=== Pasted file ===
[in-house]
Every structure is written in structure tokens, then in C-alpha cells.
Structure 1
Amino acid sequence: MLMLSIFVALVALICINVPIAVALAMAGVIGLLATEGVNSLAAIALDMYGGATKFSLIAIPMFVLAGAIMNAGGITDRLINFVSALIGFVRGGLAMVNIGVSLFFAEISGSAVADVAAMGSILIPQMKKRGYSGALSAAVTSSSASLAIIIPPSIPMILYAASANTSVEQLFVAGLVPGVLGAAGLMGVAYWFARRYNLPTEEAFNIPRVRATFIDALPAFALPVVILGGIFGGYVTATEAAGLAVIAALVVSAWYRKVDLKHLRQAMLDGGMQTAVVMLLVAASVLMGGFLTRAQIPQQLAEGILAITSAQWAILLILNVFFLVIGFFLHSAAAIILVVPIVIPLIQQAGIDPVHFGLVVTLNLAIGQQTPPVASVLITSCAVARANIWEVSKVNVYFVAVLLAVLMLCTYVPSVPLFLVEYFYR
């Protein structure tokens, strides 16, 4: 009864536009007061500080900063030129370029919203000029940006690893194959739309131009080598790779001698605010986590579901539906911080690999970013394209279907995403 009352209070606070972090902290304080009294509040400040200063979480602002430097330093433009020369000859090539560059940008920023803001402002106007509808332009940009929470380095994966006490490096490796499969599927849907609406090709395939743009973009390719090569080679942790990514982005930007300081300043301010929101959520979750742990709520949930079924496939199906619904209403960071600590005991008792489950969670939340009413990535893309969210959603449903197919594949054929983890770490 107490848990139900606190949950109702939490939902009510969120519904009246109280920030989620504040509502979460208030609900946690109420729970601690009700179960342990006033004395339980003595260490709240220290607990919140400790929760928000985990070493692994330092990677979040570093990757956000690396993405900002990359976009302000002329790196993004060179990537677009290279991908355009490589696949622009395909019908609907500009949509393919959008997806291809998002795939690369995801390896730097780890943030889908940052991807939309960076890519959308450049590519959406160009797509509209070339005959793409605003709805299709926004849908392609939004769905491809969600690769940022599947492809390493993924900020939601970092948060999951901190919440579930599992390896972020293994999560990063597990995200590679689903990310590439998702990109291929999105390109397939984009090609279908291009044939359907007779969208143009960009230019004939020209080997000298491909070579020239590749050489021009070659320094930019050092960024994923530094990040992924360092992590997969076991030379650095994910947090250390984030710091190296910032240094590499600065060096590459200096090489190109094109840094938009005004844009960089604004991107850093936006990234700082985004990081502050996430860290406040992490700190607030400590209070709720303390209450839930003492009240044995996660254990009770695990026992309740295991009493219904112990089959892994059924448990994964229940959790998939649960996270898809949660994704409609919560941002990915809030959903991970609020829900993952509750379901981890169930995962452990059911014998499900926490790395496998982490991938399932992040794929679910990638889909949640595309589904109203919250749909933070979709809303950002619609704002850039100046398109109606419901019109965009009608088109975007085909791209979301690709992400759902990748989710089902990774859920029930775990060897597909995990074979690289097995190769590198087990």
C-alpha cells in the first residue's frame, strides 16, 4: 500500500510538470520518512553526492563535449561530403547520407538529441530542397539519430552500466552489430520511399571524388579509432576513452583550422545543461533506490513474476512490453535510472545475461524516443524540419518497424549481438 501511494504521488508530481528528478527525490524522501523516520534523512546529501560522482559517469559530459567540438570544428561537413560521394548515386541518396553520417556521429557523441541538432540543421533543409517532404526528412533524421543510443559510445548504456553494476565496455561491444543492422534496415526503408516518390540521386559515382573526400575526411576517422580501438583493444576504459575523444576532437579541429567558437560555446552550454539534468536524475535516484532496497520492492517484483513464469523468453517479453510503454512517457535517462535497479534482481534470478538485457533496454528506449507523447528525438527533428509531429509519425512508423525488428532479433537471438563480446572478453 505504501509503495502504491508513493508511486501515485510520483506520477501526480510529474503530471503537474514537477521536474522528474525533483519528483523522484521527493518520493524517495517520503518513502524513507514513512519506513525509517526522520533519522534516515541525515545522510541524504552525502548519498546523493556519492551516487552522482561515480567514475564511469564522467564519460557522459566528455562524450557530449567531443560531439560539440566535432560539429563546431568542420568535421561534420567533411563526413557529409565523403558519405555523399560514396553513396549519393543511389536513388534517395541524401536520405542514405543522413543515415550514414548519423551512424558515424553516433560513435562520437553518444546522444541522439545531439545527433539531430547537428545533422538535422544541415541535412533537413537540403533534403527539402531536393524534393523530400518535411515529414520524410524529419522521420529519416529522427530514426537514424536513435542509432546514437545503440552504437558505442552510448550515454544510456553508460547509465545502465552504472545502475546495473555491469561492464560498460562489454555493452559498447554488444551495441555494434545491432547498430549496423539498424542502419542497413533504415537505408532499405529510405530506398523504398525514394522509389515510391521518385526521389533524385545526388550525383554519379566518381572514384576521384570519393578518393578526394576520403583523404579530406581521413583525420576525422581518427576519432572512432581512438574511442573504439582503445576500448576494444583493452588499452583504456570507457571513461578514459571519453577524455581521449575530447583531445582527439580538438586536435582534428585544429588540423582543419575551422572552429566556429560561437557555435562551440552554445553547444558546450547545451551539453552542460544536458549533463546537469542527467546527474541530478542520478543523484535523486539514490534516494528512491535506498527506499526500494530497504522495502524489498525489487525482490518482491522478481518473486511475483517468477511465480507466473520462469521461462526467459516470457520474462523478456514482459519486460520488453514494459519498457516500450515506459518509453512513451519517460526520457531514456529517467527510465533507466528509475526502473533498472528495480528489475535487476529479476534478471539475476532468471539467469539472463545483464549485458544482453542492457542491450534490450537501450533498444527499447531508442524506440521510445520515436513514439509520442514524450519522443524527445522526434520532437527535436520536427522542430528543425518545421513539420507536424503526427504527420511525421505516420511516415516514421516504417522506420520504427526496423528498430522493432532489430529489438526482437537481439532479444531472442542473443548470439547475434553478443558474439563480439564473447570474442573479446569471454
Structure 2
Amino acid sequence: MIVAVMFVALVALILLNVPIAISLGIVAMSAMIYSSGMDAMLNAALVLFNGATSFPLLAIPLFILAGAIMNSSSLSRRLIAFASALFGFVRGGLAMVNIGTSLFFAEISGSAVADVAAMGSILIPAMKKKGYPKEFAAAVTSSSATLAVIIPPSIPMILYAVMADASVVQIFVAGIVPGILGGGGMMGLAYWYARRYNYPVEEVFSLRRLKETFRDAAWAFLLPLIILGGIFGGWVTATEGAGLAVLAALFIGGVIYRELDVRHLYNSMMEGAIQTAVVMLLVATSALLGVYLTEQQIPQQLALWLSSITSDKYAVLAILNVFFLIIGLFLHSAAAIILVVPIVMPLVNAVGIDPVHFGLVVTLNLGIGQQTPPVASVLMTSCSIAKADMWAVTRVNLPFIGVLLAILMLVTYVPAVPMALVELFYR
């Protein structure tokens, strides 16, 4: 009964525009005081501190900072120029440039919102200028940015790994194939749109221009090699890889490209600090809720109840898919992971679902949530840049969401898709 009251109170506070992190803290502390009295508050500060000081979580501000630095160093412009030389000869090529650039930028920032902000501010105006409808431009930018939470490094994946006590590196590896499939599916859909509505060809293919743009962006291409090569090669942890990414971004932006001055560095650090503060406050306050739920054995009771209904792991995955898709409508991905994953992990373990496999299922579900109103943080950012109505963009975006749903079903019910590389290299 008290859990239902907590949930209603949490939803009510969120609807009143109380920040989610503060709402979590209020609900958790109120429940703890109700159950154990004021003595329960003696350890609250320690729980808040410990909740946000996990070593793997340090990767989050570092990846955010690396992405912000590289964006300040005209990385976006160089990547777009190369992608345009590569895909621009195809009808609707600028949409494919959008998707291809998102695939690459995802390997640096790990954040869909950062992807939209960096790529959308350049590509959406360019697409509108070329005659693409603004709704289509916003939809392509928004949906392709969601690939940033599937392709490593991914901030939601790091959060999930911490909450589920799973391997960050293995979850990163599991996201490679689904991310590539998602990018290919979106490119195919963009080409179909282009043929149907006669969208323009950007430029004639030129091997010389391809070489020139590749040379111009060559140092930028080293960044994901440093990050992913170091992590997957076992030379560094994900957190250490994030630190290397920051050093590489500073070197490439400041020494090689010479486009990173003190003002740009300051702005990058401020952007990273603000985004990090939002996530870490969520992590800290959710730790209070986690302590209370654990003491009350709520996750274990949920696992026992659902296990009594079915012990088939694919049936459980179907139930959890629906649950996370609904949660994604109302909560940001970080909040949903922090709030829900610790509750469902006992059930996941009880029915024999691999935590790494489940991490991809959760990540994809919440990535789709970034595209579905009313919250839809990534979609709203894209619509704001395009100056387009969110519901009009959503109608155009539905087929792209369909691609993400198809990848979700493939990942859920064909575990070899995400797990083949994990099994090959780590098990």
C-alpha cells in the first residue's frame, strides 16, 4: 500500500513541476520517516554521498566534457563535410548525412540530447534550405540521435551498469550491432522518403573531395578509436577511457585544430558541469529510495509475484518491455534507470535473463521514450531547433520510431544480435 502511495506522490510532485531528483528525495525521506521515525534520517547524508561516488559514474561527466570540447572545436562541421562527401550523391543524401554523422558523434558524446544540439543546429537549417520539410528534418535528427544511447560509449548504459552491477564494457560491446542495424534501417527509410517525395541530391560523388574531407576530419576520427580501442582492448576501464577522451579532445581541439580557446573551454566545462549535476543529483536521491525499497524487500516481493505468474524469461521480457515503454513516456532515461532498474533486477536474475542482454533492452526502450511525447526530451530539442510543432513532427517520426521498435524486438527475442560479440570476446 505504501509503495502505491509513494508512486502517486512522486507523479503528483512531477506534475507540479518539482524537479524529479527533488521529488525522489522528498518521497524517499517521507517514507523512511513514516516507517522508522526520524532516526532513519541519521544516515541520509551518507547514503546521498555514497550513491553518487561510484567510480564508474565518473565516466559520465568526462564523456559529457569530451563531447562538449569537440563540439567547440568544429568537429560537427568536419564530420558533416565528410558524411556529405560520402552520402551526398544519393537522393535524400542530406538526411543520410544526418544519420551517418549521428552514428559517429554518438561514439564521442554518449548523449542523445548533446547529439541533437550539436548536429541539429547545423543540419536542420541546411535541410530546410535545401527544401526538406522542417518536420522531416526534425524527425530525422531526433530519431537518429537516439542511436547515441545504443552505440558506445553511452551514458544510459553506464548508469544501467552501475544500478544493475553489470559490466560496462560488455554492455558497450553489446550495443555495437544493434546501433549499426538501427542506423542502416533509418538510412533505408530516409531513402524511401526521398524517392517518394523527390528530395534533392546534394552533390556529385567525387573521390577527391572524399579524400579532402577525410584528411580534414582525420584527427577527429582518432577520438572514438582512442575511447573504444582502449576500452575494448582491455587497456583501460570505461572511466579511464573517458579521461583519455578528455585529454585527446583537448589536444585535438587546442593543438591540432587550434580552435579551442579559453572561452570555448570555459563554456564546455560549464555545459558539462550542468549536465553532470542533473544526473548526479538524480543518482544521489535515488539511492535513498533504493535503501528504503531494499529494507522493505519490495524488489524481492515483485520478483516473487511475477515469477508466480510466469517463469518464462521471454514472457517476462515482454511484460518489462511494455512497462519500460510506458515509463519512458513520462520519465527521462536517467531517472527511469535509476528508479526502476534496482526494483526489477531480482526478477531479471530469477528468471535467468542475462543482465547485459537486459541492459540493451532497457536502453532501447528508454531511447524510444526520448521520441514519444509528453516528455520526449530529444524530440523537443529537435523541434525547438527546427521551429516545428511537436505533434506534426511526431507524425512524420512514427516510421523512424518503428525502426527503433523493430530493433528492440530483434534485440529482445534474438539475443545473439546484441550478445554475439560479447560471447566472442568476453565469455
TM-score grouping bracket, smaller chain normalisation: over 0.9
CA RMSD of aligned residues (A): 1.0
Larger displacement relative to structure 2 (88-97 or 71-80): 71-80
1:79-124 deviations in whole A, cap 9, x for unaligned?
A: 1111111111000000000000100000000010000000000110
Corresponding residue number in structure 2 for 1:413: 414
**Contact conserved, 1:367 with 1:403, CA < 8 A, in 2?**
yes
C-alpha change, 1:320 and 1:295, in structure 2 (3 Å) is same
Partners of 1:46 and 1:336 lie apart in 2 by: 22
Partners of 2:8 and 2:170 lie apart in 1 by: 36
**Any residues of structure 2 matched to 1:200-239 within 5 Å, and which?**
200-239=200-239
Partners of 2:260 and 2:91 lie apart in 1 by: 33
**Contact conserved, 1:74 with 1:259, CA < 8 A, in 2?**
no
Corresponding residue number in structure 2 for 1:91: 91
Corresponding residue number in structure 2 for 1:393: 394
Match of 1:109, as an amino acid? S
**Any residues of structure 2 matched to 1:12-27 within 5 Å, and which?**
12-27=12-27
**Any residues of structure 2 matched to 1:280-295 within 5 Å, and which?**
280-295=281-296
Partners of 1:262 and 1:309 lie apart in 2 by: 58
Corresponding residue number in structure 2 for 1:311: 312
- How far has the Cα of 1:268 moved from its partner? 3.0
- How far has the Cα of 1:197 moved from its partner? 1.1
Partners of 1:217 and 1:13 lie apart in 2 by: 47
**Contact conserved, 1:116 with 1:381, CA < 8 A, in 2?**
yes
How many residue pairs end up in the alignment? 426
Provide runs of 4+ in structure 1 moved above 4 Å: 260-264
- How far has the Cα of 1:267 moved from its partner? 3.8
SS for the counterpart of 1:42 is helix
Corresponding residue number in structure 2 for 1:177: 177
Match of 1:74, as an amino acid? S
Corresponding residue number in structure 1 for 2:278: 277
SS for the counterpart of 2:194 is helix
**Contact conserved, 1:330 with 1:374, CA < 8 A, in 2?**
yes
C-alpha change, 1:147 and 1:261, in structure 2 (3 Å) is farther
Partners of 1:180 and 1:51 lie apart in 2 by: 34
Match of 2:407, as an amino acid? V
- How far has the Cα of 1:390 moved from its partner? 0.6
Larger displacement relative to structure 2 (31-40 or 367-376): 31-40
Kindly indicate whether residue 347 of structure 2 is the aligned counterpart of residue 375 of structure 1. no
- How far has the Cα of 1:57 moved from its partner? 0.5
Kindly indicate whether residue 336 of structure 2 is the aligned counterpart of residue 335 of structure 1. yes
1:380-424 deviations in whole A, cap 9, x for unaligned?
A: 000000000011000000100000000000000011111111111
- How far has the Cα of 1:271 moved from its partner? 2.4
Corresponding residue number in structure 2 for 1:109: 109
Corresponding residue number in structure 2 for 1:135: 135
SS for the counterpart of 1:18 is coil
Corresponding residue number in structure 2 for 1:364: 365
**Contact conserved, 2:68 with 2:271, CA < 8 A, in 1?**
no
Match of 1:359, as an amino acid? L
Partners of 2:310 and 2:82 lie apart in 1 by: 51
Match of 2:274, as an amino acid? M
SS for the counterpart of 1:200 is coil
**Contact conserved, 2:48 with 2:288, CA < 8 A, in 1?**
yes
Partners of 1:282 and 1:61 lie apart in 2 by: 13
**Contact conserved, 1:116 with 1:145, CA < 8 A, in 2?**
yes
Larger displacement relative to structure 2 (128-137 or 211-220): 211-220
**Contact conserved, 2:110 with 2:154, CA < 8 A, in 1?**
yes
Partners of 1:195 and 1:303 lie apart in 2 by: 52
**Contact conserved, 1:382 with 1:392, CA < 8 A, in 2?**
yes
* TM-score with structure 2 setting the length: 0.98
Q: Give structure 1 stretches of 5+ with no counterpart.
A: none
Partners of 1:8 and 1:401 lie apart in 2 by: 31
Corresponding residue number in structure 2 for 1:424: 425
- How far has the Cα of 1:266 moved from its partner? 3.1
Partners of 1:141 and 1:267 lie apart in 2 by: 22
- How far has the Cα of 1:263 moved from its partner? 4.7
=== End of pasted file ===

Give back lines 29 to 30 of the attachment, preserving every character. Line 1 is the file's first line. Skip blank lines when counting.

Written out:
Match of 1:109, as an amino acid? S
**Any residues of structure 2 matched to 1:12-27 within 5 Å, and which?**